NEW YORK — Standard & Poor’s Corp. said Thursday it had lowered its long-term local and foreign currency credit ratings on Japan from AAA to AA plus.
The downgrades reflect the Japanese government’s “diminished fiscal flexibility, its rising debt levels and its protracted approach to structural reform,” the U.S. credit rating agency said.
S&P affirmed Japan’s A-1+ short-term local and foreign currency sovereign credit ratings, however, and said the outlook remains stable.
S&P’s move follows the downgrade by Moody’s Investors Service Inc., which lowered its rating in September on yen-denominated domestic securities issued or guaranteed by the Japanese government to Aa2 from Aa1 as a reaction to Japan’s massive public-sector debt.
“The government of Japan’s diminished fiscal flexibility will likely persist because of political reluctance to address rigidities in the economy more effectively,” the agency said. “While the nation will be able to restructure its economy . . . a heavy and rising public-sector debt burden will make the adjustment process more difficult.
“Although general government fiscal deficits are projected to have peaked at 9 percent of gross domestic product for the fiscal year ending March 2000 from 2 percent in fiscal year 1993, Japan can only slowly withdraw its fiscal stimulus without aborting any economic recovery, unless it embraces structural reform more aggressively,” it said.
The agency said it does not expect the ratio of government debt to GDP to peak before the middle of the decade.
Finance Minister Kiichi Miyazawa told reporters in Tokyo on Friday that he believes the decision to downgrade Japan’s ratings was a mistake on the part of the agency, noting that interest rates on government bonds are falling to levels near 1.3 percent.
Miyazawa dismissed the move, stressing that the government has “absolutely no intention” of changing its fiscal policy. He added, however, that the government “will continue to be careful about the issuance of new government bonds.”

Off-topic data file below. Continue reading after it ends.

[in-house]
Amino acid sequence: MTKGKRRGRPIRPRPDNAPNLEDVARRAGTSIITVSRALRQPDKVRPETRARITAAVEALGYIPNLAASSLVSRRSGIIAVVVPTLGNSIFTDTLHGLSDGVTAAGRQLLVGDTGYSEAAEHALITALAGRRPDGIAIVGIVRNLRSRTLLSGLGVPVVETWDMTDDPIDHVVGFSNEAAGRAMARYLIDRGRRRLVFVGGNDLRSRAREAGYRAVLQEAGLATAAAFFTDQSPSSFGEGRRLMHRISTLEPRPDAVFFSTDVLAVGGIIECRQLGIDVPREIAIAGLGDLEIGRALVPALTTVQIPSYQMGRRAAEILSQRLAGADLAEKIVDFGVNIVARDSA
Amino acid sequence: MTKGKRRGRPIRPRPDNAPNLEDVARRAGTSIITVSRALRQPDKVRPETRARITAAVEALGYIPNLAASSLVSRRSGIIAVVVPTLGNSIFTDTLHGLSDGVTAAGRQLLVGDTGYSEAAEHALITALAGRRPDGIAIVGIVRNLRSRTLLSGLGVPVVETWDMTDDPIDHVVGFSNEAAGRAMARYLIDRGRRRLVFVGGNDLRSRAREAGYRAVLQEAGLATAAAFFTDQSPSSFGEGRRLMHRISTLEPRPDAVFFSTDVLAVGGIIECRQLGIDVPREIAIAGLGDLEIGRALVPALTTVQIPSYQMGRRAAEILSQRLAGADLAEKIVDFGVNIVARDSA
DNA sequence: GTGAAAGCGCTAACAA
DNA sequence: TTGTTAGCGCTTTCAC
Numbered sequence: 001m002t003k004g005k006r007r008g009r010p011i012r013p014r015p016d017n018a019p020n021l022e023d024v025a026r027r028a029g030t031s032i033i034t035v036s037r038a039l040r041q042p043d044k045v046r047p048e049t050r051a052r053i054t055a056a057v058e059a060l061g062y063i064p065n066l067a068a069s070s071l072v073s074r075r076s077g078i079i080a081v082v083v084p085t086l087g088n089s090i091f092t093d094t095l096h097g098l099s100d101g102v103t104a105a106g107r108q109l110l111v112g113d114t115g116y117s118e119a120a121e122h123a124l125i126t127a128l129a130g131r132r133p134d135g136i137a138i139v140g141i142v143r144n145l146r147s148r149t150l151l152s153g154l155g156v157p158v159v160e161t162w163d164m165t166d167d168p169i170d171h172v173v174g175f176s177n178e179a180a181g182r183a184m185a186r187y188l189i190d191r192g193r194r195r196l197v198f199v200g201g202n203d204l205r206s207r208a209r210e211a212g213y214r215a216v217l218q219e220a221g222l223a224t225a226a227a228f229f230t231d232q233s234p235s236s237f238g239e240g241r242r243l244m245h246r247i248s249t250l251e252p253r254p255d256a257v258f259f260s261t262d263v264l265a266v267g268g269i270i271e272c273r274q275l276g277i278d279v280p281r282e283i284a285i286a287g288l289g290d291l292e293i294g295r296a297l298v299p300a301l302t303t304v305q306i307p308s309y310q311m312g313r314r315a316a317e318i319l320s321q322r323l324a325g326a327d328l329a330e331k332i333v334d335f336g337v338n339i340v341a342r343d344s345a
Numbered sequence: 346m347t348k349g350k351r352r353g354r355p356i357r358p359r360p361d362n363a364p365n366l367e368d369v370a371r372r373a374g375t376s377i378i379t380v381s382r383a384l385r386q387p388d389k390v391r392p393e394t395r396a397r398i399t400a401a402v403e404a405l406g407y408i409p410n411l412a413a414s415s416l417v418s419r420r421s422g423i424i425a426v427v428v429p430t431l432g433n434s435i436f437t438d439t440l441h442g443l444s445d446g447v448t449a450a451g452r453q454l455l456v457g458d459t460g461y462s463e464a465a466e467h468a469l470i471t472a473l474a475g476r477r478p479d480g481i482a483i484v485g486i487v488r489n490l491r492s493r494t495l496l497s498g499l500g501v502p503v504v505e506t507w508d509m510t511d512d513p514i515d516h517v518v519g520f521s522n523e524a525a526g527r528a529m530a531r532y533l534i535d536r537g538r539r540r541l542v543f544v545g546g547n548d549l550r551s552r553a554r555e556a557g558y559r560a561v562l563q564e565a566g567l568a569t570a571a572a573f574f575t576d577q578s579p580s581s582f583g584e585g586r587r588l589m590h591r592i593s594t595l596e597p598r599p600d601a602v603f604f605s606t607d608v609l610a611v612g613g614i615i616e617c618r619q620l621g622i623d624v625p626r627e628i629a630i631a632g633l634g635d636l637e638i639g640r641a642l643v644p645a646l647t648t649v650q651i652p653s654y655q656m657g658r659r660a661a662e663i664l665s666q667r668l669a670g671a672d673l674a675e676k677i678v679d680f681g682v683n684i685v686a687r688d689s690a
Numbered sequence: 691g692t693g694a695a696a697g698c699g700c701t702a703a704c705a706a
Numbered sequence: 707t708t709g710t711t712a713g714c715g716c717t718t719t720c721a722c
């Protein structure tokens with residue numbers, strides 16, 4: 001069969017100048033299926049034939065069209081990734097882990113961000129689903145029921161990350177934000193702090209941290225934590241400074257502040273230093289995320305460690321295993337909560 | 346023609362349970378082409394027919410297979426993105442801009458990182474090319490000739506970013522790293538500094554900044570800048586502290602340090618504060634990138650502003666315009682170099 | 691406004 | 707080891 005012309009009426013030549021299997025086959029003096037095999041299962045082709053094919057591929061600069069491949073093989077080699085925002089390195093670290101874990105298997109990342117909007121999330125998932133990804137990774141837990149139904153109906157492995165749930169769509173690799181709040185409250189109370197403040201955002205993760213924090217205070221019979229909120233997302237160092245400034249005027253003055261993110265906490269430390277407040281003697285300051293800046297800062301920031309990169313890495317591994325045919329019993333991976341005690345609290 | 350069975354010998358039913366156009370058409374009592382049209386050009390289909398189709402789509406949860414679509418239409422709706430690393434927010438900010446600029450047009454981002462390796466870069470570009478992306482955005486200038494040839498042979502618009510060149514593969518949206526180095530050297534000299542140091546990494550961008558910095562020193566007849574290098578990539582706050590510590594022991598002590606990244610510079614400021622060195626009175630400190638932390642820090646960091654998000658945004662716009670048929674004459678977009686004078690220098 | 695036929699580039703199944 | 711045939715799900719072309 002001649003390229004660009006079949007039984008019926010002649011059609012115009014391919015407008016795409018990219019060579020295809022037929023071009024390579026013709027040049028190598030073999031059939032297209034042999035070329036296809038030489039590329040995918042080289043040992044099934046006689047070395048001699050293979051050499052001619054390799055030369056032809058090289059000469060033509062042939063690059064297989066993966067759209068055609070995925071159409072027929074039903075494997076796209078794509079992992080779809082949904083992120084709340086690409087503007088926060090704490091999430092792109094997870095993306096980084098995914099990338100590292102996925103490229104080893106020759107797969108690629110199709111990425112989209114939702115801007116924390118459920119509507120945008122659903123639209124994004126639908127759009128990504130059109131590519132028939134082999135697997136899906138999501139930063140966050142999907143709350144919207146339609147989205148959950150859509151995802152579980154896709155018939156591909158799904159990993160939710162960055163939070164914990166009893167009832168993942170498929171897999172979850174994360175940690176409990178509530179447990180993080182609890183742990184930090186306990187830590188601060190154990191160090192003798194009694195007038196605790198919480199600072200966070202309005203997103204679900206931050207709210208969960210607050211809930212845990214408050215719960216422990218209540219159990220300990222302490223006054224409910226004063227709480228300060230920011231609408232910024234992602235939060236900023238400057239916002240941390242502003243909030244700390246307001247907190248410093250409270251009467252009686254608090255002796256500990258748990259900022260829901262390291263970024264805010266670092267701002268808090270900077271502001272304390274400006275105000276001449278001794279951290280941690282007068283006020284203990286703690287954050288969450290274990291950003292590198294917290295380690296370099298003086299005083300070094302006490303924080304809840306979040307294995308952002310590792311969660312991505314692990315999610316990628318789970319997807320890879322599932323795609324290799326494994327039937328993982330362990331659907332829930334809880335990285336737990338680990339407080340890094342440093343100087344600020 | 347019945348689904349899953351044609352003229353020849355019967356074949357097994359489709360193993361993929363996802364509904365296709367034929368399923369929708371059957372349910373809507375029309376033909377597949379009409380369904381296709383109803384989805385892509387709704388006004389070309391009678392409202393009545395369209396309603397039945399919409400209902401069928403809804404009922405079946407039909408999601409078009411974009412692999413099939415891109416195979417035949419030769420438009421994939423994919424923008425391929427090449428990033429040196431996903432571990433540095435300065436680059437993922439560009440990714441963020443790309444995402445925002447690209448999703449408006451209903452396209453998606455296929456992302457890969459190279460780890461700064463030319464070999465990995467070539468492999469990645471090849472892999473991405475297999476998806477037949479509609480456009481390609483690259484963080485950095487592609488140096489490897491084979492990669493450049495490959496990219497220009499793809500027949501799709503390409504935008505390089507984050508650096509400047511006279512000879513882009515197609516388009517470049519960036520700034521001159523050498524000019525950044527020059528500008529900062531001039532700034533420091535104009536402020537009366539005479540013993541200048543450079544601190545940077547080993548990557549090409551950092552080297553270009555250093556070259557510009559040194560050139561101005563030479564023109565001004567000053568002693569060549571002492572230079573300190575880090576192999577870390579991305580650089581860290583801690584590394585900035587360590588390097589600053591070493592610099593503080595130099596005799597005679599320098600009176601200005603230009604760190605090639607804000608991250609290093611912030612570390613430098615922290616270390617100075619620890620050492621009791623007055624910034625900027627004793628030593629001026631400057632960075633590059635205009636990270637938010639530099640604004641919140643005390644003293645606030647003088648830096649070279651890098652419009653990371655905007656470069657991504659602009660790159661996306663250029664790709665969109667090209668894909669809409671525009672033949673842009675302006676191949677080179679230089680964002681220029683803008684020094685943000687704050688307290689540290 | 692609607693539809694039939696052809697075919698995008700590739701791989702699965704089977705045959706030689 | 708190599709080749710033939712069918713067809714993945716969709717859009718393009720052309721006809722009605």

At a separate news conference, Financial Services Minister Hakuo Yanagisawa said the government is aware of its dire fiscal straits but bond issues are being absorbed smoothly by the market.
“We do not need to be lectured about government bonds,” he said.
S&P said in announcing the downgrades that Japan would benefit by redirecting its expenditure mix away from poorly targeted public works projects in order to maximize the impact of government spending upon domestic demand.
It also cited Japanese banks’ slow progress in reducing their massive nonperforming loans as a major source of concern.
Given the anemic core profitability of the financial system, the agency said, the banks will be unable to increase domestic credit materially in real terms over the next five years. Thus, it said, they will fail to assist Japan in attaining its 2 percent trend line growth rate as they attempt to restore their balance sheets.
“With elections set for (the) House of Councilors in July . . . the government’s commitment to structural reform has faltered. . . . The current government is unlikely to pursue adjustments to pension and health entitlements or to open protected sectors to greater foreign competition.”
S&P, however, said Japan’s still-high AA plus ratings and stable outlook reflect an extremely strong net foreign asset position of more than $800 billion and solid external liquidity.
It said Japan is the world’s wealthiest net external creditor nation and that the Bank of Japan’s gold and foreign exchange reserves are the largest of any central bank.
S&P noted that the yen is the world’s third most traded currency, that Japan maintains a highly skilled workforce and global leadership positions in electronics, automotive and biology sectors, and that its private sector boasts a high savings rate.